Why Write Your Memoir?

 

dear journal

 

A number of years ago a friend came to me with a pile of paper. This bundle was in fact her father’s memoir. She asked if I could take a look at it; make it a “smoother read” through editing. You see, English was not her father’s first language and his writing was, well to put it mildly disjointed and full of neologisms.

I spent an hour on just one sentence and was about to throw the pile out the window when I realized that this was not just a bunch of paper I would be discarding, but a life. Memoirs are memories put down on paper, and memories are life. Our memories pile up year after year after year, much like photos used to pile up in boxes. You know how bad you used to feel not doing anything with those boxed up photos. It got me to thinking… like my friend’s father, we should all feel the same about memories because they help keep us alive; they tell the story of us and prove that we were living, breathing, important parts of this world.

Since that first experience editing a memoir, I have had other people approach me about editing memoirs. In one case a man who emigrated from China had me work on his memoir. He was in his 70’s and had endured a great deal to achieve career successes and raise a family in Canada. He wanted his children, grandchildren and future generations to hear his story; hear about ancestors back home and to have them understand their legacy. Keeping the family history alive was very important to him but there are many different reasons for writing a memoir.

  • When you create a written narrative, your past takes you on a journey of discovery, giving you a clear vision of who you are.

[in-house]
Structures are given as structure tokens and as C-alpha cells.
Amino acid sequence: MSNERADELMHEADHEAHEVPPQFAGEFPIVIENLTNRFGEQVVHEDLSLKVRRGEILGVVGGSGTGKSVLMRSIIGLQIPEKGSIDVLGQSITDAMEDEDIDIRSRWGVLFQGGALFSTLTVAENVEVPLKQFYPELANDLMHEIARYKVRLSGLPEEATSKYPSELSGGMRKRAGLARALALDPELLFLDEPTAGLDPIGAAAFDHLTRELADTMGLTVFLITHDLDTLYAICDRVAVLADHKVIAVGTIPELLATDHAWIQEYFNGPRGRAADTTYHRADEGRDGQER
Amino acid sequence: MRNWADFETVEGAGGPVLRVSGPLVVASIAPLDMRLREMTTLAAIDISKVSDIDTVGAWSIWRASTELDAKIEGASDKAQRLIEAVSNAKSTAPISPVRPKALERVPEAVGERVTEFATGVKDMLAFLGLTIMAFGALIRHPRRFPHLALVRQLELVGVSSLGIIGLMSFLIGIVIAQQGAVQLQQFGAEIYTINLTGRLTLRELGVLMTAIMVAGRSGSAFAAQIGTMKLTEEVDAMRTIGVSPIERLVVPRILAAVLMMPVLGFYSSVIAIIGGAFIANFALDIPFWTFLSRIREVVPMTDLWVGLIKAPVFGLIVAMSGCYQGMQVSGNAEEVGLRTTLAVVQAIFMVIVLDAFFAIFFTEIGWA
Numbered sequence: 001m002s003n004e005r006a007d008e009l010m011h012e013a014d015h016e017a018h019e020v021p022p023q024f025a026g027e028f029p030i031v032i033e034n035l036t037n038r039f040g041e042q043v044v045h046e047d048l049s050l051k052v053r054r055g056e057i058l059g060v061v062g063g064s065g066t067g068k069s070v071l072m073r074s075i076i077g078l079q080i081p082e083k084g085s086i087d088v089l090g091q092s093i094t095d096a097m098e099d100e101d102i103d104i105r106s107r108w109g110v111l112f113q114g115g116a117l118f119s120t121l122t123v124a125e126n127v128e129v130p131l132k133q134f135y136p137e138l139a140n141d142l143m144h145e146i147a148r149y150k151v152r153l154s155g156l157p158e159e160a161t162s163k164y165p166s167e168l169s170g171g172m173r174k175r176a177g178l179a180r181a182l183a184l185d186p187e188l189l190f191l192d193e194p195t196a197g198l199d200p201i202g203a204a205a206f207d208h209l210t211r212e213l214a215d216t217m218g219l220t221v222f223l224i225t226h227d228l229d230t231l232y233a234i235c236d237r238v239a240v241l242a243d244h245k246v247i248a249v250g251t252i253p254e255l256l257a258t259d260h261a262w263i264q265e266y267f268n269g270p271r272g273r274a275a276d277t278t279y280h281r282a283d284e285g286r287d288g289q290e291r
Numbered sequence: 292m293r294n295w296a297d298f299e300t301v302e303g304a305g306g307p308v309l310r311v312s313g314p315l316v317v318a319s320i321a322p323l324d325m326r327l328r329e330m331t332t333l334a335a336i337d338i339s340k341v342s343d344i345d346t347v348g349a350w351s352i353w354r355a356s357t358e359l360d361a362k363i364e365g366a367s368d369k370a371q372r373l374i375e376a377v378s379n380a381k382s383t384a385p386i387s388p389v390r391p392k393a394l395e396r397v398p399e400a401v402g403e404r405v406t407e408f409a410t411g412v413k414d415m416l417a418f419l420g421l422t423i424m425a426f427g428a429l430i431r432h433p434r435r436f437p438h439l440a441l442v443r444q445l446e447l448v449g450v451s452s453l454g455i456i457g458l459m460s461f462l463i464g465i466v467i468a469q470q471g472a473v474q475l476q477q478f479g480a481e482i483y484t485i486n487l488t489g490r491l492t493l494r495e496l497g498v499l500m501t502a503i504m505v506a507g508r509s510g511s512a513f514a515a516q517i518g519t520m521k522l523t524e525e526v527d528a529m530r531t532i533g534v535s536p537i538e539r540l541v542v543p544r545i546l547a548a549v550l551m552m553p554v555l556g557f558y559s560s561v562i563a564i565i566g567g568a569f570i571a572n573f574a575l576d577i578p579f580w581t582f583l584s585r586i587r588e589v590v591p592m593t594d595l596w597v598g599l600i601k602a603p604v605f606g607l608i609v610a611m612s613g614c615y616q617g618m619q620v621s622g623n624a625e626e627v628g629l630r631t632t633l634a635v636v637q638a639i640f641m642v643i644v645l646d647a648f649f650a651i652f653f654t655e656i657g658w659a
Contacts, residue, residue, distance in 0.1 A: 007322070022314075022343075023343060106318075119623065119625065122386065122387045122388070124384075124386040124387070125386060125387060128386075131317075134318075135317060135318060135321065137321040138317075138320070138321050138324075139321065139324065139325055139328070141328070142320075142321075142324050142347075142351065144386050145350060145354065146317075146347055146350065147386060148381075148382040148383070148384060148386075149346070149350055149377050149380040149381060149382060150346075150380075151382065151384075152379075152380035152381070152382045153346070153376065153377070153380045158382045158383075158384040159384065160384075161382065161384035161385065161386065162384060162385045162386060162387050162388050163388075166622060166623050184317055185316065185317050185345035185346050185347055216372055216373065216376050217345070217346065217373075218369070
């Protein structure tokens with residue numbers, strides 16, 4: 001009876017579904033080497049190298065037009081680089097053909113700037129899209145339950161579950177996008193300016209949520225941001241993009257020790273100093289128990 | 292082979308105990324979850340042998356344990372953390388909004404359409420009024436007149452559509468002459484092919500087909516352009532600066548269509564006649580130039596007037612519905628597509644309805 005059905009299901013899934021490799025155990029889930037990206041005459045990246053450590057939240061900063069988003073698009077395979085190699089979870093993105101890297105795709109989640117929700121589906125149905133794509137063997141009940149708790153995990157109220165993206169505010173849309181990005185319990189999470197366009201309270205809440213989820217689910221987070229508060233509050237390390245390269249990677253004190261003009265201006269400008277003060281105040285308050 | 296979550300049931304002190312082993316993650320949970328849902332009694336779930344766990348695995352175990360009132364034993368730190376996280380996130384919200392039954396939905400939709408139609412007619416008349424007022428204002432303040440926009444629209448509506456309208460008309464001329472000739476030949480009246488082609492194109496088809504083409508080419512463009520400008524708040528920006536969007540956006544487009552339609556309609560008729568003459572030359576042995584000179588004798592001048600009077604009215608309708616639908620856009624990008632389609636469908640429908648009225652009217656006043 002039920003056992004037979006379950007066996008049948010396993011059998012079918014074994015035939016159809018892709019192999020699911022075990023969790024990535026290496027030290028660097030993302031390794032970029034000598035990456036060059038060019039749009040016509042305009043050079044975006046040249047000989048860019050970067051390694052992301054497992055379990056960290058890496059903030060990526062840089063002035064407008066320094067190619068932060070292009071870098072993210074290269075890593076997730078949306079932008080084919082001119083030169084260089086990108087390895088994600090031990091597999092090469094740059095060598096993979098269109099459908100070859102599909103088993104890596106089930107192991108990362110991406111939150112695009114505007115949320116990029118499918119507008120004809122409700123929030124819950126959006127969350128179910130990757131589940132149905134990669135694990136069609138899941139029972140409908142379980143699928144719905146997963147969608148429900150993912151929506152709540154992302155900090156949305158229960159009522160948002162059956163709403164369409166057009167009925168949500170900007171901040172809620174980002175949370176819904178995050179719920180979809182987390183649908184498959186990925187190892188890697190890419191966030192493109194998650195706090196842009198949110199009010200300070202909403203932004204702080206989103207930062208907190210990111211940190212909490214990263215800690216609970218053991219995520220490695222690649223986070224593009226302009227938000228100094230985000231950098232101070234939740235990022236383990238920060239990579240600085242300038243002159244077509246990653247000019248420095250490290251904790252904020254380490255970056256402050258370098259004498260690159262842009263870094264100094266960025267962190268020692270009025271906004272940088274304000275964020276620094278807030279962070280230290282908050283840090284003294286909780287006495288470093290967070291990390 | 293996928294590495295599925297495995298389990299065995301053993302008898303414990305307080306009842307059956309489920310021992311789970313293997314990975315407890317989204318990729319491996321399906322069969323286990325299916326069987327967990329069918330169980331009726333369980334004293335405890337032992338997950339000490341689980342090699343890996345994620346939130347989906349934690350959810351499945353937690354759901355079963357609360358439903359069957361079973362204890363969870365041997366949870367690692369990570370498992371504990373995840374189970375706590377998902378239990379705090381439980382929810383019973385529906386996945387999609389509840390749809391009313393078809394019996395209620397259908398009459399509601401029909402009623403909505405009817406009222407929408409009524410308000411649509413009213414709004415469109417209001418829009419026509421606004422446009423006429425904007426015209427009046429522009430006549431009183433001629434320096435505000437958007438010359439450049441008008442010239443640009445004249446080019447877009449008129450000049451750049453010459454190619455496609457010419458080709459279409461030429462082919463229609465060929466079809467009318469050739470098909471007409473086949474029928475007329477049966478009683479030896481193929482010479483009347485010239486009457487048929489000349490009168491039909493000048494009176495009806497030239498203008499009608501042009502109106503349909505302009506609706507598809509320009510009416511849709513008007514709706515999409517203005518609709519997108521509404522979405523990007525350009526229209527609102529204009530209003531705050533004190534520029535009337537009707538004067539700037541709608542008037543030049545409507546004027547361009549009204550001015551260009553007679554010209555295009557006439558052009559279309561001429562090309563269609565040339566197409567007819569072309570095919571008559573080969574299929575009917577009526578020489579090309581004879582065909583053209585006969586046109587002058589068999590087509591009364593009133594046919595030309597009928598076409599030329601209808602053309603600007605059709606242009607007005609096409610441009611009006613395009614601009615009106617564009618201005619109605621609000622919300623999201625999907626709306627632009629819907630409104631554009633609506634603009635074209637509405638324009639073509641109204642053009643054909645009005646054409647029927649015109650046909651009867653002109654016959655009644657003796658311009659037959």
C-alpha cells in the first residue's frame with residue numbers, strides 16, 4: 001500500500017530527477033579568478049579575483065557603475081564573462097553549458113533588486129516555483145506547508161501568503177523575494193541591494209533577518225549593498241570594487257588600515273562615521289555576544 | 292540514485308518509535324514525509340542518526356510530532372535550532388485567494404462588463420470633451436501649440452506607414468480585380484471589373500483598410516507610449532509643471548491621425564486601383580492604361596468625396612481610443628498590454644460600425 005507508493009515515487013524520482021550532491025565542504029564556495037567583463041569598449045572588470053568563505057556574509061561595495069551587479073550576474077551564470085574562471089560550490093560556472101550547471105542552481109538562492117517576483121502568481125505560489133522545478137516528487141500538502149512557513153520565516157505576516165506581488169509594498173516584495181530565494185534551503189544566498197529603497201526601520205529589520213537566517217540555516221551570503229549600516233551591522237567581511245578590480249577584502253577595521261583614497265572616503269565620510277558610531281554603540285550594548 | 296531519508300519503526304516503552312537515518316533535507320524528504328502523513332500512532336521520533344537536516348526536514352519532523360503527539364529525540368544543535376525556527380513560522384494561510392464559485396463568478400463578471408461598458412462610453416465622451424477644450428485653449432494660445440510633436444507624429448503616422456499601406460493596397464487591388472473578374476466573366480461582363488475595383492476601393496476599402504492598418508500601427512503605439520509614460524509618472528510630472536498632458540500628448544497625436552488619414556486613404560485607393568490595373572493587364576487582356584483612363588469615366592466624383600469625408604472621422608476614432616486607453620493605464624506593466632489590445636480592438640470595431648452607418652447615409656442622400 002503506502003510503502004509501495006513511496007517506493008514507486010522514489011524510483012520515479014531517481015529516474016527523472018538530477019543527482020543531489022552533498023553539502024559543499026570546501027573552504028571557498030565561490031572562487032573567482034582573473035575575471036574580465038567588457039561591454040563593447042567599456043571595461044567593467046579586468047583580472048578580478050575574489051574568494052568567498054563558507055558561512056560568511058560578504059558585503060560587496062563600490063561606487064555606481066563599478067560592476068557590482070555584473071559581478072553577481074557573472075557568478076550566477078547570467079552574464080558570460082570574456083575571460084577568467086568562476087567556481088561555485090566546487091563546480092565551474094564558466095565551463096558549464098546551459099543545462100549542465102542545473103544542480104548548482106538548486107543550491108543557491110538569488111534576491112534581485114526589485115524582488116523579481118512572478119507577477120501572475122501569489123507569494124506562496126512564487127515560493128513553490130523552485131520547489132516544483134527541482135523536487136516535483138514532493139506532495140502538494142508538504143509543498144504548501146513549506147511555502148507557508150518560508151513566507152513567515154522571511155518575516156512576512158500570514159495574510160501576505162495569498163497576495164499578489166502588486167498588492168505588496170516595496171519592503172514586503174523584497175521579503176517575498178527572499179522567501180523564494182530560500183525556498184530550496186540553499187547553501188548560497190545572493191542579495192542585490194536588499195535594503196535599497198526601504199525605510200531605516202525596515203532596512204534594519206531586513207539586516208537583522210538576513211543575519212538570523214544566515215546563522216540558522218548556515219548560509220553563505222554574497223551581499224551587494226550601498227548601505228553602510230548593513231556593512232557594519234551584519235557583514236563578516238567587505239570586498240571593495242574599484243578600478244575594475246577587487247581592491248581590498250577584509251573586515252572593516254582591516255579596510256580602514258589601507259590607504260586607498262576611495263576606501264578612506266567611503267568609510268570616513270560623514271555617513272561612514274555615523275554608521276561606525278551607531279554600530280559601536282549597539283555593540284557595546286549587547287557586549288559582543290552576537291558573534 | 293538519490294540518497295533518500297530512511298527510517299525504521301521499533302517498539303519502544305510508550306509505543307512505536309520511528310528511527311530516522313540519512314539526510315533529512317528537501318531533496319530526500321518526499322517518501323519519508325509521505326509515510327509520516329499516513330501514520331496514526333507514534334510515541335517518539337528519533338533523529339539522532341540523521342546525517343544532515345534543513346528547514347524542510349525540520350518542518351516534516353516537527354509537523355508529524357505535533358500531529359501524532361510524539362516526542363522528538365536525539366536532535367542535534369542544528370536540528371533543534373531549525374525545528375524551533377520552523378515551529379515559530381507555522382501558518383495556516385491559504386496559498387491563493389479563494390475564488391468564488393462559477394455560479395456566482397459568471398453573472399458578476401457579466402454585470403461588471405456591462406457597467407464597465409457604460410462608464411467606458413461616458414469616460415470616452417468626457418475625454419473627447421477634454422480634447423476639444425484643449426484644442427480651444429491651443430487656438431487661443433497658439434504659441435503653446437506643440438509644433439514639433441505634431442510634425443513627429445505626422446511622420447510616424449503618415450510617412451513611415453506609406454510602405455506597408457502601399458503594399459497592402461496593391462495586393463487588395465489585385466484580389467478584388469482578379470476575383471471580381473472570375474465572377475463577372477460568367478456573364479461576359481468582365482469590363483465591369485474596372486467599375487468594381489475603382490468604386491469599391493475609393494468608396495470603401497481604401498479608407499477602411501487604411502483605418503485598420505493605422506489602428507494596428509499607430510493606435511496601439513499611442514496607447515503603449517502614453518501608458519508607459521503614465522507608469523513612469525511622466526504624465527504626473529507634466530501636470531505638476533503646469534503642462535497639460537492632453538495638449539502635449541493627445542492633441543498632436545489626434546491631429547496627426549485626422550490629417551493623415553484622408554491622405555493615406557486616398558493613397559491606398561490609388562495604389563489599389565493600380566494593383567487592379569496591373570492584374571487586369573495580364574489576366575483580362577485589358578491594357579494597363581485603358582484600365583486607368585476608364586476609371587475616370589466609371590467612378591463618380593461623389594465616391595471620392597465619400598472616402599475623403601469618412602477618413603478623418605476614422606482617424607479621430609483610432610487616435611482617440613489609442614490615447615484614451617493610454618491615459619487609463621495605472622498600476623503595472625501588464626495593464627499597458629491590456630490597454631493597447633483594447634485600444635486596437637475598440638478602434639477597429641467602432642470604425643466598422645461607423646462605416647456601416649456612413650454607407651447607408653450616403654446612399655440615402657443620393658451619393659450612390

• Memoir writing can help you form a connection with relatives from your past; old friends or new people who you want to share your story with.
  • Often times it is easier to write as opposed to talk about the past.
  • Writing about the past allows us to share ideas or teach lessons.
  • It allows you to share information about people (i.e. grandparents) and places with children and grandchildren that you might not ordinarily talk about in everyday conversation.
  • It can be therapeutic, helping you to deal with guilt, anger or betrayal from the past.
  • Once you write a memoir it can be habit forming leading to all sorts of other writing projects, whether for pleasure, history or career.
  • Writing is challenging so it is a good mental exercise. Research shows it can improve mental agility.

If you are too young to get started on a memoir then simply start writing in a journal. This will help you keep track of events, people and places in your life. Some people find it hard to write in a journal regularly and that’s okay. Many people write down their thoughts in a notebook on a consistent basis then they take a break for months or even years and then pick it up again. Write as much as you can, when you can, but keep in mind that there will be many important moments in your life that you will be able to remember years later, despite not writing them down.

For assistance with your memoir contact Teresa Madaleno at madalenomagazine@gmail.com

definition of neologism: A term used to describe the use of words that have meaning only to the person who writes or verbalizes  them.)

 

 

 

 

 

 

 

 

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